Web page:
It's about meeting and touching REAL people with REAL lives. Encouraging people who love your music. Exhorting them. Lifting them up. Helping them to get back on their feet. Making a difference, one home at a time.

But back to the money, because I know that's an important factor. We all have to support our families and our art. None of us want to lose money on a tour.

I've played to house concert audiences as small as seven people. Guess what? I still made $500 bucks plus a few CD sales. On the other side of the spectrum, I've played house concerts to over a hundred people - and sold well over a hundred CDs at a show. Almost $2,000 for 3 hours of work? That buys a lot of groceries. My wife loves that.

And it goes beyond that. ANYTIME I play a house concert, I see lots of follow up sales through my web site. Fans invite their friends to the concert, their friends buy a CD, love it, then buy more music via my web site or iTunes. They tell their friends. They are excited they saw me live, in person, and actually met me. They are jazzed. And the next time I come to town, guess what? These new fans want their OWN concert. And they bring their friends, and now I'm playing to MORE people. Which leads to...

More OPPORTUNITY. Not only financially, but to build relationships that are lasting.

I talk about setting up house concerts in my book, How to Promote Your Music Successfully on the Internet. If you haven't got that already, you might want to check that out.

In today's connected world, with Twitter, Facebook and MySpace being all the rage, setting up a house concert tour is easier than ever before.

Read the story of solo bassist Steve Lawson. You'll find his blog posting about his own house concert tour experience at . It's well worth reading.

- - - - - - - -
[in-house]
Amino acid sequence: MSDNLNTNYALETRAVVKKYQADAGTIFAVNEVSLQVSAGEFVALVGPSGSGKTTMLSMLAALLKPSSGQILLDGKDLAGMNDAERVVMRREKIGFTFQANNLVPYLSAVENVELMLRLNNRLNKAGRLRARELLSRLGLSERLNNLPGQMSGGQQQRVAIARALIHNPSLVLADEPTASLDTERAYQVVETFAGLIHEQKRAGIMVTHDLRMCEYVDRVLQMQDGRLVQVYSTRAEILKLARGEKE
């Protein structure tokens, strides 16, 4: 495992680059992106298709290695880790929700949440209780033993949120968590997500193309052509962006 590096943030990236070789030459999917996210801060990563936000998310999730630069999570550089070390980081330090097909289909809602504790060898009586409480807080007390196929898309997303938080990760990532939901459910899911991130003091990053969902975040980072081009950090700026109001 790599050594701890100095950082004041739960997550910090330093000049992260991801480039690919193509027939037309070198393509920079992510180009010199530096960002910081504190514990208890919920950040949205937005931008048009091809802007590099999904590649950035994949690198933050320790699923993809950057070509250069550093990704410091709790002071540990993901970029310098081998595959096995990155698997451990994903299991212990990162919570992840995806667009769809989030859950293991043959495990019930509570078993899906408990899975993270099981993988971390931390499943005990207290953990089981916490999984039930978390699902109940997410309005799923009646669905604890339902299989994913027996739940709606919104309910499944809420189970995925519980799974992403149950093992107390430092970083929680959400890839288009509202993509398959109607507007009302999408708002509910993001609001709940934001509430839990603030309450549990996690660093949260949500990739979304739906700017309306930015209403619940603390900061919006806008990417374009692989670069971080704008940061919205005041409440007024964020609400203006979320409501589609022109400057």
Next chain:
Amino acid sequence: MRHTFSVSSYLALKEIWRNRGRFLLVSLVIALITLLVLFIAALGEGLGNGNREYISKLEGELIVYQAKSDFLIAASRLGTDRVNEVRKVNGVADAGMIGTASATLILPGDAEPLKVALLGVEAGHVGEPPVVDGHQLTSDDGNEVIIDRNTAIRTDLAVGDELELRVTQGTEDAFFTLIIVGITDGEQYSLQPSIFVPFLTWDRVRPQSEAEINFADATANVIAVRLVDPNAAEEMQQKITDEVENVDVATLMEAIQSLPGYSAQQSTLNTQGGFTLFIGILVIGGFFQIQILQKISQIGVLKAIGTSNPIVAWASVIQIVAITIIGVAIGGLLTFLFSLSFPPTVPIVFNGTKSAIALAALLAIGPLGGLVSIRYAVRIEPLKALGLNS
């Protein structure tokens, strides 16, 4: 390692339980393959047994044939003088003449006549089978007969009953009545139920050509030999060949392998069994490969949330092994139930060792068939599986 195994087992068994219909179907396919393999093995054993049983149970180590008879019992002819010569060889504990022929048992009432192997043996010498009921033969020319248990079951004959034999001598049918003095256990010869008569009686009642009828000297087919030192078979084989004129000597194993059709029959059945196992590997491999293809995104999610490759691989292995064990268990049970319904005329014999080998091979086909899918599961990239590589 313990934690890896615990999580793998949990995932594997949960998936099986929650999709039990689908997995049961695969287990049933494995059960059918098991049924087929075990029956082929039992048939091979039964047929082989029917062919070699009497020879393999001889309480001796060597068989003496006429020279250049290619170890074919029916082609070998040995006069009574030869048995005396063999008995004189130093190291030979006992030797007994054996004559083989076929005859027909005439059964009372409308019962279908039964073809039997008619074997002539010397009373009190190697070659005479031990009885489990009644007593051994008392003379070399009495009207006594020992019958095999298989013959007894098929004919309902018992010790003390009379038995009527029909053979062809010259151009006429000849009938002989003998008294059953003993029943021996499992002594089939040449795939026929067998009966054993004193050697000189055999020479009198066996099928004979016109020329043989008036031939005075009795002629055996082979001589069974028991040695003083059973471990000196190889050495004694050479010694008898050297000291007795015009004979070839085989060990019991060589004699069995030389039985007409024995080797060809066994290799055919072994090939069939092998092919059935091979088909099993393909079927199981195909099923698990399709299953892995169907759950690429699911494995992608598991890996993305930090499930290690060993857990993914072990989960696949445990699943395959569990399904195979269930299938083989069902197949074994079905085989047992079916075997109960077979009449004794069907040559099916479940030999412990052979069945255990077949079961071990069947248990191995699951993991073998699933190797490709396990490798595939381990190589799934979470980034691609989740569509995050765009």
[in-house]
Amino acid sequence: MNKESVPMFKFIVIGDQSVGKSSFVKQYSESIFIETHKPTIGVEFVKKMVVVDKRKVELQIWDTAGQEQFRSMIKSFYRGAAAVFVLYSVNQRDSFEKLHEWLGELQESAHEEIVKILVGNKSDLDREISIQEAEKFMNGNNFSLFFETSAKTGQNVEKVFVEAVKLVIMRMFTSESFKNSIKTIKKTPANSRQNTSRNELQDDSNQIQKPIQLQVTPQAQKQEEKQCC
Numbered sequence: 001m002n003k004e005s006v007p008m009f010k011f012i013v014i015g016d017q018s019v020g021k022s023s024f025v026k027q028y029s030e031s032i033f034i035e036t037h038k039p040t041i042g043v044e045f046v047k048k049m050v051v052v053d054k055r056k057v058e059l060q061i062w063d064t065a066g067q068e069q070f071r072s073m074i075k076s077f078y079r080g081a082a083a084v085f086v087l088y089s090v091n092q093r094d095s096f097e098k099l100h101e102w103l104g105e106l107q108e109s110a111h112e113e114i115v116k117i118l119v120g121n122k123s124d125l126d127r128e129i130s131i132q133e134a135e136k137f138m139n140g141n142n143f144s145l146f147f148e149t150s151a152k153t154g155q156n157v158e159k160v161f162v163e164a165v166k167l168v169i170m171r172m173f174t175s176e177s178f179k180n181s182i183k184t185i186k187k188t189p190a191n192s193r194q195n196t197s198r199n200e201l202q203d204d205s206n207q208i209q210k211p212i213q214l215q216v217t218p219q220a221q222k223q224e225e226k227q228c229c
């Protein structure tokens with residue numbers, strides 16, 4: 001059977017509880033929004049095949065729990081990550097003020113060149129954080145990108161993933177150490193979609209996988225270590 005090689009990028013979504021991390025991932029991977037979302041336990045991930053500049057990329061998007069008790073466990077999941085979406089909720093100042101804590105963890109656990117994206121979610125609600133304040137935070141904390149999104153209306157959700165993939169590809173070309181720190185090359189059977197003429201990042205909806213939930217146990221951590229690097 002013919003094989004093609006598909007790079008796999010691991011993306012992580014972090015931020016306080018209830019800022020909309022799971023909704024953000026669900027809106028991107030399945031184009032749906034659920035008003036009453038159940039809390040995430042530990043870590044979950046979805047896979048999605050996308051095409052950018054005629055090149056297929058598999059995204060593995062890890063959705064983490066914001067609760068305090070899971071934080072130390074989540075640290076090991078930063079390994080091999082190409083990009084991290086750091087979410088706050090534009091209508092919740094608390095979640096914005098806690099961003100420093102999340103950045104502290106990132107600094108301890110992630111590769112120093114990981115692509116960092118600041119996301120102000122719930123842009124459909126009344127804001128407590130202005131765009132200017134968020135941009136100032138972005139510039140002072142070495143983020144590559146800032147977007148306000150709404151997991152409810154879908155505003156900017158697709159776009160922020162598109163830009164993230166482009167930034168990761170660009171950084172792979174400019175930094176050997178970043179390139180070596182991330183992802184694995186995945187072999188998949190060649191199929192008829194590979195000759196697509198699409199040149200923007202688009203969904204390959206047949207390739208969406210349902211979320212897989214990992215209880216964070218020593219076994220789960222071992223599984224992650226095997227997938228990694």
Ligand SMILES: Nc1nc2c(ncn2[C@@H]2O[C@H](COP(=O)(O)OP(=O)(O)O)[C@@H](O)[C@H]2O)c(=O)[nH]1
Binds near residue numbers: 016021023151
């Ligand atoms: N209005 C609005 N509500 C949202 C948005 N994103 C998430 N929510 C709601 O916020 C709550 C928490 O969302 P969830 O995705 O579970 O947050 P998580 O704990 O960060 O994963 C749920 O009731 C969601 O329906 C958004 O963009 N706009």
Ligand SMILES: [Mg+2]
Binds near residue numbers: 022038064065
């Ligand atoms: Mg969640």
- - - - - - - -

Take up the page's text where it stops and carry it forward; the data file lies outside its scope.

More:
Also recommended: Concerts in Your Home.

So the next time you're on tour and want to fill up those empty nights on your calendar, start talking with your fans in the area. Offer to play in their homes. You can ask your fee or even just ask for donations from the crowd. You might not make as much in donations, but playing a show in someone's home and making $200 from donations plus any CD sales you do is better than sitting at a hotel all by your lonesome eating pizza and watching American Idol.

Play house concerts and you can BE an American Idol, one house at a time.

David Nevue
The Music Biz Academy


Anonymous said...

I also play house concerts when I tour (and even sometimes when I'm home in New York City!). Just as you say, they are a fantastic way to connect with audience members, and I *love* doing them!

Anonymous said...

Ok, you sold me! I'd rather spend my energies and time ministering to people one-on-one. I'd love to see what a house concert looks like. I could host one in my own home to get started. :)

Andy Rogers said...

David I agree, House Concerts are a great part of the touring schedule. In fact they've taken me all over the planet - I've had so many other artists ask me how I book them that I ended up creating just to explain it and free up my time from repeating myself!

Cheers - Andy

Dustin Moore said...

Wow, that was a nice read! It makes me want to start playing again. In all seriousness, that was really helpful. I've never played, nor went to a house concert. It's now on mt list of things to do! Thanks for the read!